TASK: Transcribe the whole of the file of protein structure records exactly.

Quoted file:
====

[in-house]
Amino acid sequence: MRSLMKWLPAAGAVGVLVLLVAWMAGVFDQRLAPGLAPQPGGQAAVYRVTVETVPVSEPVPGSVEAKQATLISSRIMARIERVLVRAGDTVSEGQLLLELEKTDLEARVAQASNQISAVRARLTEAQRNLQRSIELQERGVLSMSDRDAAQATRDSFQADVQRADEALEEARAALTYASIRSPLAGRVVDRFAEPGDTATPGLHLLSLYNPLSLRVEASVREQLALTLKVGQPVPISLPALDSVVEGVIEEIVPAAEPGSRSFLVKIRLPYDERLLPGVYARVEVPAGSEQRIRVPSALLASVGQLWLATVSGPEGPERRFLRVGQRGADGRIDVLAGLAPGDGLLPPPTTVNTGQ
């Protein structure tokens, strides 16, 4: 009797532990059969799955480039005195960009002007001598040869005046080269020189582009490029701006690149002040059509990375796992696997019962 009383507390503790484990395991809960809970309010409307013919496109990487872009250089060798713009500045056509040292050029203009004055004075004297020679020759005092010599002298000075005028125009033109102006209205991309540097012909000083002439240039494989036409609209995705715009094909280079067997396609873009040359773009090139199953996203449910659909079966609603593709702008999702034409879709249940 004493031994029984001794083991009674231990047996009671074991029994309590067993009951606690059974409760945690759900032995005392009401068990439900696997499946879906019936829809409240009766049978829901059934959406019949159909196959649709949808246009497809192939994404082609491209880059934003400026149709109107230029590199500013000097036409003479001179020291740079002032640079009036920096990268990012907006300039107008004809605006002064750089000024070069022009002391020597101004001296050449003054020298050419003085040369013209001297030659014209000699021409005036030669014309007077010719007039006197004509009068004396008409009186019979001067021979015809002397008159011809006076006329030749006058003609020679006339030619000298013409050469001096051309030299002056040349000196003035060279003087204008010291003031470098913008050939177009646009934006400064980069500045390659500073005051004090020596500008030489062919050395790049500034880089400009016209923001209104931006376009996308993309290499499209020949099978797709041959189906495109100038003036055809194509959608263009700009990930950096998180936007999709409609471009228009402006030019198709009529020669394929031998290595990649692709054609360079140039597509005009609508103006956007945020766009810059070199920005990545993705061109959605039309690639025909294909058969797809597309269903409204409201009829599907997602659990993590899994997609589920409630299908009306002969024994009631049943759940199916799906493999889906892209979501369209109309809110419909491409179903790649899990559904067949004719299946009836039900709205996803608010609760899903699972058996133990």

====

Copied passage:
[in-house]
Amino acid sequence: MRSLMKWLPAAGAVGVLVLLVAWMAGVFDQRLAPGLAPQPGGQAAVYRVTVETVPVSEPVPGSVEAKQATLISSRIMARIERVLVRAGDTVSEGQLLLELEKTDLEARVAQASNQISAVRARLTEAQRNLQRSIELQERGVLSMSDRDAAQATRDSFQADVQRADEALEEARAALTYASIRSPLAGRVVDRFAEPGDTATPGLHLLSLYNPLSLRVEASVREQLALTLKVGQPVPISLPALDSVVEGVIEEIVPAAEPGSRSFLVKIRLPYDERLLPGVYARVEVPAGSEQRIRVPSALLASVGQLWLATVSGPEGPERRFLRVGQRGADGRIDVLAGLAPGDGLLPPPTTVNTGQ
């Protein structure tokens, strides 16, 4: 009797532990059969799955480039005195960009002007001598040869005046080269020189582009490029701006690149002040059509990375796992696997019962 009383507390503790484990395991809960809970309010409307013919496109990487872009250089060798713009500045056509040292050029203009004055004075004297020679020759005092010599002298000075005028125009033109102006209205991309540097012909000083002439240039494989036409609209995705715009094909280079067997396609873009040359773009090139199953996203449910659909079966609603593709702008999702034409879709249940 004493031994029984001794083991009674231990047996009671074991029994309590067993009951606690059974409760945690759900032995005392009401068990439900696997499946879906019936829809409240009766049978829901059934959406019949159909196959649709949808246009497809192939994404082609491209880059934003400026149709109107230029590199500013000097036409003479001179020291740079002032640079009036920096990268990012907006300039107008004809605006002064750089000024070069022009002391020597101004001296050449003054020298050419003085040369013209001297030659014209000699021409005036030669014309007077010719007039006197004509009068004396008409009186019979001067021979015809002397008159011809006076006329030749006058003609020679006339030619000298013409050469001096051309030299002056040349000196003035060279003087204008010291003031470098913008050939177009646009934006400064980069500045390659500073005051004090020596500008030489062919050395790049500034880089400009016209923001209104931006376009996308993309290499499209020949099978797709041959189906495109100038003036055809194509959608263009700009990930950096998180936007999709409609471009228009402006030019198709009529020669394929031998290595990649692709054609360079140039597509005009609508103006956007945020766009810059070199920005990545993705061109959605039309690639025909294909058969797809597309269903409204409201009829599907997602659990993590899994997609589920409630299908009306002969024994009631049943759940199916799906493999889906892209979501369209109309809110419909491409179903790649899990559904067949004719299946009836039900709205996803608010609760899903699972058996133990």